This second special haftorah for the Three Weeks (read with Parshat Massei, or Matot-Massei) is taken from the second chapter of Jeremiah.

Reading it, you can’t help but feel G‑d’s hurt and pain from our having forsaken him. “What wrong did your forefathers find in Me, that they distanced themselves from Me, and went after futility . . . ?” And so it continues, until the end, where it brings verses from a later chapter that have a positive note.

The most hurt is felt in the verses: “Heavens be astonished by this . . . for my people have committed two evils: they have forsaken Me, the source of living waters, in order to dig for themselves cisterns, broken cisterns that cannot hold water.”

Isn’t forsaking G‑d the worst possible thing? Once you go there, it’s over. Why go any further? What is the idea of digging broken cisterns that is even worse and more hurtful than forsaking G‑d? Finally, what positive lesson can we take from this?

G‑d loves us and wants a relationship with us. A married couple is intrinsically one because they share one neshamah (soul). So, too, we each have a holy neshamah, which is actually a part of G‑d, and that makes us one with Him. G‑d gives himself to us by giving us his essence, “the source of living waters”—the Torah.

After He opened Himself to us, what did we do? First, we forsook Him, and then we did something even more hurtful—we started digging for other waters.

This is the theme throughout the whole haftorah. After G‑d took concrete actions to prove that he is there for us—He took us out of Egypt, He took care of our every need in the desert, He brought us to and gave us the Holy Land, He showed us daily miracles in the Holy Temple—not only did we forsake Him, we put our efforts into idol worship, which is futile, like broken cisterns that don’t hold water. Even if you bring your own water and pour it in to them, you’ll lose that, too. These false gods have no truth, and no ability to help you. What is worse, they ruin your ability to recognize what is really true.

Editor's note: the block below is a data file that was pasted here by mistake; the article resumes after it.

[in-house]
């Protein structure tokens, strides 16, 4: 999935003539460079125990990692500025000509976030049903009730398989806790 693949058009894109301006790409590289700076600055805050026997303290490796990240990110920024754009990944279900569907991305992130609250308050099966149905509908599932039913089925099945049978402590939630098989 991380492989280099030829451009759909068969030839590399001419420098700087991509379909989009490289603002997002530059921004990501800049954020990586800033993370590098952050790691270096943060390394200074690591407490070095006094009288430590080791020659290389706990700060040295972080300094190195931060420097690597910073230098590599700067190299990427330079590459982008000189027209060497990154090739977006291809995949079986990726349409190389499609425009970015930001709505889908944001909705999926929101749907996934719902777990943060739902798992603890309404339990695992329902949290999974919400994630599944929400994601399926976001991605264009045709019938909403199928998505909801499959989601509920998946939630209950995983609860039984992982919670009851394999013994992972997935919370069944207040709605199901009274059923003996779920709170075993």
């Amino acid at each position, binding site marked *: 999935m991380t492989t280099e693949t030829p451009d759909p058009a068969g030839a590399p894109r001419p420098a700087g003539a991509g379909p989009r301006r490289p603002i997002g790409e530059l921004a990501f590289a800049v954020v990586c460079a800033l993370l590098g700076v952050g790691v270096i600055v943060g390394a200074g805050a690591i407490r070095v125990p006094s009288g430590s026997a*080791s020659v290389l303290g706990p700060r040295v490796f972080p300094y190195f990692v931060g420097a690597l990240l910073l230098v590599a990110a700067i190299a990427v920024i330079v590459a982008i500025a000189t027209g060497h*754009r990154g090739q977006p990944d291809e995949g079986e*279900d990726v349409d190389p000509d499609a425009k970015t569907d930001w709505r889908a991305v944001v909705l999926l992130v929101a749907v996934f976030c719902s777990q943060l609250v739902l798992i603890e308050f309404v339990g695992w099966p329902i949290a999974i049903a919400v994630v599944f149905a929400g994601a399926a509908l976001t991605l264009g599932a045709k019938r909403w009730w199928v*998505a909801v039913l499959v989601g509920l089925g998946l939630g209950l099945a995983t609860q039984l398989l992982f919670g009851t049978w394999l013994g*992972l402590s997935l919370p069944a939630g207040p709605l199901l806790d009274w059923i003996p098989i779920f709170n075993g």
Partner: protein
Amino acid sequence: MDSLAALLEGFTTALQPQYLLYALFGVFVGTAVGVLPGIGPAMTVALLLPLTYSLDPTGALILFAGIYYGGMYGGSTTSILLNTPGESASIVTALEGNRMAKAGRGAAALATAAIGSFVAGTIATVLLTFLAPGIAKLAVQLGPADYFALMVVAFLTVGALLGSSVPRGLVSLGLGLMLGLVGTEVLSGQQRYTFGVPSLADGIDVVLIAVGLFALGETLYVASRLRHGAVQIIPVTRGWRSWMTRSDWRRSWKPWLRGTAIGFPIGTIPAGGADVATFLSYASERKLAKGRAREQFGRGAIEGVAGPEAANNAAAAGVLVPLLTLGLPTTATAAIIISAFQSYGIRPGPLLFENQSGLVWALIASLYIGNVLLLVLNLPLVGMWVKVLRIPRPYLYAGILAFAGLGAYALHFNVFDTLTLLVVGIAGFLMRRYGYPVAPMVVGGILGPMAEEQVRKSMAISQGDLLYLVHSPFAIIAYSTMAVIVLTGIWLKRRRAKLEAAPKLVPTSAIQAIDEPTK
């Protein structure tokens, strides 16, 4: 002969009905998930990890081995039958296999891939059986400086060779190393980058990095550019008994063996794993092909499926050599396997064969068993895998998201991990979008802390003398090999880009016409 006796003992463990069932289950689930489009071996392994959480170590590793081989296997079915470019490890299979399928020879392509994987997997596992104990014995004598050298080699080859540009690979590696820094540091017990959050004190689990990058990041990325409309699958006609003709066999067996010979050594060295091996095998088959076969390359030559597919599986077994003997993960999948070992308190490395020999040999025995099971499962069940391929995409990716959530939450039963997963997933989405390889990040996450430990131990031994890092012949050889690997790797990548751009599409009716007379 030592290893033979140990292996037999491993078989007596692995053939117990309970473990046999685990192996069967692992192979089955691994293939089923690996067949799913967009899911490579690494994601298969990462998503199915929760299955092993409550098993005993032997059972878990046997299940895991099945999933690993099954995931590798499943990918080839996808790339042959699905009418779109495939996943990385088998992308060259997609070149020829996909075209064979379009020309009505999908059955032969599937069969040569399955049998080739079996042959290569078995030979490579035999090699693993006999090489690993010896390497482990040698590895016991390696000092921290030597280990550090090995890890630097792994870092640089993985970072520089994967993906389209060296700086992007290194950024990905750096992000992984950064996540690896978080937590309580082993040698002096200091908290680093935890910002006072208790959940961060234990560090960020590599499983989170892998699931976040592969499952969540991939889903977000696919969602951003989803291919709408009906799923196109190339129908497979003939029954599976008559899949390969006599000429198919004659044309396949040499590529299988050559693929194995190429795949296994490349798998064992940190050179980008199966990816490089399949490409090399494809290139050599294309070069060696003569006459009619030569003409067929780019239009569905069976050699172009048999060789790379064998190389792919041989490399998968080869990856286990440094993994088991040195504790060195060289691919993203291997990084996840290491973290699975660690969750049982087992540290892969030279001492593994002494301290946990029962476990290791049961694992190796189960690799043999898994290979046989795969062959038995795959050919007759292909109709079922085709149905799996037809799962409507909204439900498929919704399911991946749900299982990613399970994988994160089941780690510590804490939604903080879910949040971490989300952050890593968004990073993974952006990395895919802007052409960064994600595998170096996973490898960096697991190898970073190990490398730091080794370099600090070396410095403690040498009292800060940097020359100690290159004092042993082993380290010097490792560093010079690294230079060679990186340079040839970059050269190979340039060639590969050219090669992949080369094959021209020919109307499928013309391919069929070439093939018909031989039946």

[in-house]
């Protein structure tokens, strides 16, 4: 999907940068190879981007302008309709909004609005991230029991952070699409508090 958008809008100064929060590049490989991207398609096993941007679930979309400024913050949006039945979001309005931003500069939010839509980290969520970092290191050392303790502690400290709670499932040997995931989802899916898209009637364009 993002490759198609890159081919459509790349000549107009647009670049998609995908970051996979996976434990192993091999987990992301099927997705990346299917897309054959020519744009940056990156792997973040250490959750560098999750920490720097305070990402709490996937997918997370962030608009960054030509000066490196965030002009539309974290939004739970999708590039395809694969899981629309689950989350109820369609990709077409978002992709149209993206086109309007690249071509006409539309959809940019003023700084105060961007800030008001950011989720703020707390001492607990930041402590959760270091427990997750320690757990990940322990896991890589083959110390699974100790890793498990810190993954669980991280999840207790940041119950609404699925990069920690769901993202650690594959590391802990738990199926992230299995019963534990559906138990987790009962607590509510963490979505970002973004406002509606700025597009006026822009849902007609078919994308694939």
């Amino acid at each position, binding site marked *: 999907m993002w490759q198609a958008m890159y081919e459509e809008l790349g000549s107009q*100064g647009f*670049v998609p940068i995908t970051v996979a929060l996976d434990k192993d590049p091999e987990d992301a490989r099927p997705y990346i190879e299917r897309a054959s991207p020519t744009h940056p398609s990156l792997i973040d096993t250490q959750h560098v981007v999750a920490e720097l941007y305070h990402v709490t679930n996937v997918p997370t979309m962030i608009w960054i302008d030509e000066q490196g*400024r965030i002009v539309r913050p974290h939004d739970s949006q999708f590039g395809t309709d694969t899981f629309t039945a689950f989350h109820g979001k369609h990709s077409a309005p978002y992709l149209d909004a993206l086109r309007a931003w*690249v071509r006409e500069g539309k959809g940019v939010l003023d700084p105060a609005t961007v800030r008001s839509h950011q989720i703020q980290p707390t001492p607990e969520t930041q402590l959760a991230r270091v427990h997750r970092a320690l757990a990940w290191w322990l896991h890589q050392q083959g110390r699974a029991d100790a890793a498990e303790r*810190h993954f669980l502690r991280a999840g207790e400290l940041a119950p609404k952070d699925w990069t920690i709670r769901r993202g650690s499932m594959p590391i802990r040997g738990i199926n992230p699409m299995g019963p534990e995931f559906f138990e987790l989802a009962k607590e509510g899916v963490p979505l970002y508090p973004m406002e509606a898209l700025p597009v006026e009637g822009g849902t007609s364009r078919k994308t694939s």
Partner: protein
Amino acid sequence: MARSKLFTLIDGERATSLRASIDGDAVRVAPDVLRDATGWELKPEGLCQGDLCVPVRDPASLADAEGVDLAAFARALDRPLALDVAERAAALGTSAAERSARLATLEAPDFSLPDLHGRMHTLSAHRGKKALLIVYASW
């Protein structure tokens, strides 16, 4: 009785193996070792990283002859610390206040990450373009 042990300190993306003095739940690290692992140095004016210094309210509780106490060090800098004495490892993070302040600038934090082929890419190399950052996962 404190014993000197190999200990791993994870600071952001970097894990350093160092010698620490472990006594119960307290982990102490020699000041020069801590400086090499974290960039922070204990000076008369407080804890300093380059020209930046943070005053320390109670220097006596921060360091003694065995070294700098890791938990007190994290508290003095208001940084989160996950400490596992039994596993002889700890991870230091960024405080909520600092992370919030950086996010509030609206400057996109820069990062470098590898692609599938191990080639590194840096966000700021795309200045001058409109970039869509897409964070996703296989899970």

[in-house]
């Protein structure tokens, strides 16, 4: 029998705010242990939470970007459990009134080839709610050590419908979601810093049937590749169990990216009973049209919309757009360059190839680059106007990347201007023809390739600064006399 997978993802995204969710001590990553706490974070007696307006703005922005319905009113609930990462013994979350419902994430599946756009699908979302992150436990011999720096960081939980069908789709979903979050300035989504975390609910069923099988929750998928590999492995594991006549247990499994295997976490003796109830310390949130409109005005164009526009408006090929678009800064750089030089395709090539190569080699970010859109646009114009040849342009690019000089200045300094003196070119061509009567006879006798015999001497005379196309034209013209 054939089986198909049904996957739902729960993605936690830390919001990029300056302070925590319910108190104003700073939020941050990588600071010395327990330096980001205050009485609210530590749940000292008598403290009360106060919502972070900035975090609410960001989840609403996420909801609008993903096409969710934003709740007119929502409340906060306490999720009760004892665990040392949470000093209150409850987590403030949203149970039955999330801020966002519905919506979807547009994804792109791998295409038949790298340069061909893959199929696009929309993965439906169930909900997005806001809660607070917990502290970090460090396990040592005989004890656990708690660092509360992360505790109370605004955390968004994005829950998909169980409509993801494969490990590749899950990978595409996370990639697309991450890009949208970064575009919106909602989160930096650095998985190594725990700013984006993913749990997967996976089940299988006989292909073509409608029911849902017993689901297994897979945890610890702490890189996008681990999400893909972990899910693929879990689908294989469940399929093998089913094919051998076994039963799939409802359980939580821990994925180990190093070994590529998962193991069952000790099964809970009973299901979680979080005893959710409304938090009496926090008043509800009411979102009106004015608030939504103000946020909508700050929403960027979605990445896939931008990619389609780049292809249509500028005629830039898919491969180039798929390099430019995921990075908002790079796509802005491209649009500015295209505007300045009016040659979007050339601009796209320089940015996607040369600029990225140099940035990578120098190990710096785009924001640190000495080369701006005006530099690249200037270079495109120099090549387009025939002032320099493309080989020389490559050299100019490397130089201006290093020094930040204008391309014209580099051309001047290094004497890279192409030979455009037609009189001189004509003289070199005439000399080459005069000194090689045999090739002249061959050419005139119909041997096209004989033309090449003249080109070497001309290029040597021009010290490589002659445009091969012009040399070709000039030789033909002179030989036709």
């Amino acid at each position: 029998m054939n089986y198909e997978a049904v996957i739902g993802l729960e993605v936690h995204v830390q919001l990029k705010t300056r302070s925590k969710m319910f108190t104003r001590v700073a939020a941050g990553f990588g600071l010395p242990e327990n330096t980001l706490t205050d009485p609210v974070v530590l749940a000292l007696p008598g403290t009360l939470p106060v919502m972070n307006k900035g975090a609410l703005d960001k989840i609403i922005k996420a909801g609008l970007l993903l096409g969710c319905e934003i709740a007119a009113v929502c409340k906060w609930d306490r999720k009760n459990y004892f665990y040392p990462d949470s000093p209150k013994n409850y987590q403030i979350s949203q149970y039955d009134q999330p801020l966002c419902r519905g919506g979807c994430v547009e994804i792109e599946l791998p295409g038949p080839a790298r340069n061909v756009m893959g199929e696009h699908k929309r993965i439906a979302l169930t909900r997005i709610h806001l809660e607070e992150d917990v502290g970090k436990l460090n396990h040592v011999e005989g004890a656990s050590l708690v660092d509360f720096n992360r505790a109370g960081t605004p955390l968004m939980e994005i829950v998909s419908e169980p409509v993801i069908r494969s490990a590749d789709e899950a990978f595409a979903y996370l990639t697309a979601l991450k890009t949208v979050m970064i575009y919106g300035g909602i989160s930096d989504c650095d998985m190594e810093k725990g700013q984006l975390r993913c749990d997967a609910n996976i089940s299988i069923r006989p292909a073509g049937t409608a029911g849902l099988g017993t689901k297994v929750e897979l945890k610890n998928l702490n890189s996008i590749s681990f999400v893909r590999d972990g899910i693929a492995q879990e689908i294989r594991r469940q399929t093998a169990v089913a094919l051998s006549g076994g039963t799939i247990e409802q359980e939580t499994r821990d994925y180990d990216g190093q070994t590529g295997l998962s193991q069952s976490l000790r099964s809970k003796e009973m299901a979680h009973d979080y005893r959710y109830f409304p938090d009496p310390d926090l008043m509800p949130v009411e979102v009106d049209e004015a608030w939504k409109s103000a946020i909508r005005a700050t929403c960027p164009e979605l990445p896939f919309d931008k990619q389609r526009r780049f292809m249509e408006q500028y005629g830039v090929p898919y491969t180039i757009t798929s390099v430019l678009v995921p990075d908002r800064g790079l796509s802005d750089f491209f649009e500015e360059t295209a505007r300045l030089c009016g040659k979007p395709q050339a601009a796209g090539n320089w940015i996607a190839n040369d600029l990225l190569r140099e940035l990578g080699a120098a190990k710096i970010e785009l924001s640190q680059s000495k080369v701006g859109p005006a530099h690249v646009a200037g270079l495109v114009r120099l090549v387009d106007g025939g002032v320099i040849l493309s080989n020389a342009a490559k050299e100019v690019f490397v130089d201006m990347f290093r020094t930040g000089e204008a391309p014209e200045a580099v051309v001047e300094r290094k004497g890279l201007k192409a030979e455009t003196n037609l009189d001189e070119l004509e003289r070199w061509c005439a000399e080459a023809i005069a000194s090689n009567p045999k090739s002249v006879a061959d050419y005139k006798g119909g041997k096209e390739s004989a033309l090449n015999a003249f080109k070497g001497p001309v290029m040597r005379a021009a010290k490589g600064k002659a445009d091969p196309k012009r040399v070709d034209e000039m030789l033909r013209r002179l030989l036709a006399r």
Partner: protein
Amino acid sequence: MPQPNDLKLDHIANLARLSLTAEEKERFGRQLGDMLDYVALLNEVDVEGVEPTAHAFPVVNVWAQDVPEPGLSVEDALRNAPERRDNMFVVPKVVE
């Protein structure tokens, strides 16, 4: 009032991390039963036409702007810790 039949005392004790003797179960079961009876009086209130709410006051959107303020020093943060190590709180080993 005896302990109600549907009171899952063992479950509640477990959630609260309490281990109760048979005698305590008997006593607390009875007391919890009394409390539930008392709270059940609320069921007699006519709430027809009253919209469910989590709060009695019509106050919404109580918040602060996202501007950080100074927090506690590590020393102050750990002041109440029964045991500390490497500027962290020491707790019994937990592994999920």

In a sense, this is worse than forsaking G‑d. When one just forsakes, it is bad, but it does not ruining one’s ability to see real truth. One day, when that individual searches, he will be able to recognize truth for what it is.

Today, idolatry is not our issue. Rather, it is when we put other knowledge before Torah knowledge. During our 3,000 years as a nation, the Torah (G‑d's knowledge) has been proven over and over again to be true. Yet many give up Torah and pursue other insight, other “knowledges.” They may be enjoyable and necessary, but they are not a replacement for Torah.

Torah, G‑d’s essence, is the source of living waters. It is not only truth, but it adds life. When G‑d is the One you trust and His Torah is your guide, you are on the true path. All other subjects are just that, subjects, and their validity is measured by your Torah perspective.

The lesson here is to do the opposite of what Hashem’s complaint is. We need to learn more Torah and deepen our understanding of G‑d by taking our study to a deeper level, strengthening our essential intrinsic bond with G‑d. By each of us adding in Torah study, whether in quality or quantity, and by making it central to our lives, we reverse the effects of our nation’s failures. We reverse the desolation of the Three Weeks, the destruction of our Holy Temple, and reveal and experience the nature of our bond with G‑d.

May we experience all this soon, with the coming of Moshiach.